Medical Research: What is the background for this study? What are the main findings?
Dr. Vella: We are fortunate to take care of Veterans from all over Middle TN at the Tennnessee Valley Healthcare System Nashville Campus. A significant number of Veterans travel long distances and invest time and money in order to visit with us. We noticed that many patients undergoing “low complexity” operations like removal of gallbladders and repair of groin hernia spend a significant amount of time, energy, and, in some cases, money to travel to our facility for post operative visits relative to the amount of time they spend in their evaluations. We wanted to look at the quality of and Veteran preference for telehealth visits (phone and video) with the idea that, if feasible, we could implement a telehealth program at our facility.
In our small pilot study, 23 Veterans underwent sequential phone, video, and in-person visits. The Veterans were evaluated on four domains at each visit type: general recovery, follow-up needs, wound care needs, and complications. We then determined the agreement among the three visit types. There was 100% agreement across the three visit types in the domains of general recovery and follow-up needs. Percent agreement for wound needs and complications was 96%, reflecting a possible infection on a phone encounter that was not present on clinic or video assessment. One Veteran in the sample had a wound infection that was detected by both phone and video and confirmed during the in-person visit. Importantly, there were no instances in which we failed to detect a wound issue or postoperative complication by phone or video. We also found an association between preference for telehealth visits and distance traveled, although the majority of Veterans in our study preferred telehealth visitation over traditional face-to-face encounters.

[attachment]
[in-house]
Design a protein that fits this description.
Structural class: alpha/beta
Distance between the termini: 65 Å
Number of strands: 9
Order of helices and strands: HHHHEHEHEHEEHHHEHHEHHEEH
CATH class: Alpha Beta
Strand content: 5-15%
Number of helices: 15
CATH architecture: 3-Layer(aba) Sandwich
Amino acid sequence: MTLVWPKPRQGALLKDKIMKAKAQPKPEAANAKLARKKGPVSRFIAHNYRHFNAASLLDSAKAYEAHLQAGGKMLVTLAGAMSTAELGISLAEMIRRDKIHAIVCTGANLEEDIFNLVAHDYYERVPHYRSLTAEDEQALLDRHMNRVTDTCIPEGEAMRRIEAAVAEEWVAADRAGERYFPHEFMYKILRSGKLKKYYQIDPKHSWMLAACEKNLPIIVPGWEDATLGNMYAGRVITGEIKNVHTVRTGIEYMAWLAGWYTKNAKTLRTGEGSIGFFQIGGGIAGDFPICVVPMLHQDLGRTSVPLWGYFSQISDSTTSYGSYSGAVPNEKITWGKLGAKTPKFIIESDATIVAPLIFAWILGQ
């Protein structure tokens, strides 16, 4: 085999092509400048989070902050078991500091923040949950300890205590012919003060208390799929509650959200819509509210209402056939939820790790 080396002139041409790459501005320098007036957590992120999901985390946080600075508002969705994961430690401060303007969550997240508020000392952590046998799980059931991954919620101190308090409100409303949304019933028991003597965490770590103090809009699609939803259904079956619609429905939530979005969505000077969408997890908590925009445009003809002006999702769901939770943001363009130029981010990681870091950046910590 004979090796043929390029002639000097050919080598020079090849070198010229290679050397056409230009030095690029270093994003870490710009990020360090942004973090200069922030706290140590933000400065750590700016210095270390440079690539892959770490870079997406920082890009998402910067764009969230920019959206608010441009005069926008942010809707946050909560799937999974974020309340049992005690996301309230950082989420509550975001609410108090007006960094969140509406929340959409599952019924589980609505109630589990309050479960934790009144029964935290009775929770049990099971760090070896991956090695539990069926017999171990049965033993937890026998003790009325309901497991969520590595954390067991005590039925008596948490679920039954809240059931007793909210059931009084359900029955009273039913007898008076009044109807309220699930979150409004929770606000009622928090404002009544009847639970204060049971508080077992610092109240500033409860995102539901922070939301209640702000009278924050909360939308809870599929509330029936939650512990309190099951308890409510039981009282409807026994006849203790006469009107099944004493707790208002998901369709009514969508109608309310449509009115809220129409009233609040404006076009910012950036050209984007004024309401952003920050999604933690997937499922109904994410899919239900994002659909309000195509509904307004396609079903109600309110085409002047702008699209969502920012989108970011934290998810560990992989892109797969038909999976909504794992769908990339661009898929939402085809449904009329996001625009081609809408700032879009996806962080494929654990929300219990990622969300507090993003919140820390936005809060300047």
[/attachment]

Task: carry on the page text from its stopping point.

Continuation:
We found that over the phone and video visits were not only high quality, but were preferred by our Veterans, especially those living far from our facility. We have implemented a telehealth program for general surgery post operative follow up at our institution and currently evaluate 3-5 patients a week using telehealth modalities with plans to continue to expand.
Medical Research: What should clinicians and patients take away from your report?
Dr. Vella: With the traditional in-person visit as the reference, the negative predictive values of phone and video visits in our study were 95% (95%, CI 78%-99%) and 100% (95%, CI 85%-100%), respectively. This suggests that these telehealth modalities can identify patients requiring additional follow-up in addition to being preferred by patients. The ability to follow-up with patients on the phone or by video may decrease time and expenses associated with Veteran travel and may also free up additional clinic space, improving access to care to Veterans as a whole.
Medical Research: What recommendations do you have for future research as a result of this study?
Dr. Vella: This is a small pilot study of Veterans from Middle TN. As we (and other programs) implement telehealth programs for post-operative follow up and surgical care in general, it will be extremely important to monitor patient outcomes and asses patient preferences moving forward.
Christianne L. Roumie, MD, MPH et al. Postoperative Telehealth VisitsAssessment of Quality and Preferences of Veterans. JAMA Surgery, September 2015 DOI: 10.1001/jamasurg.2015.2660
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Michael A. Vella, M.D. (2015). Telemedicine Post-Op Visits Preferred By Patients in Pilot Study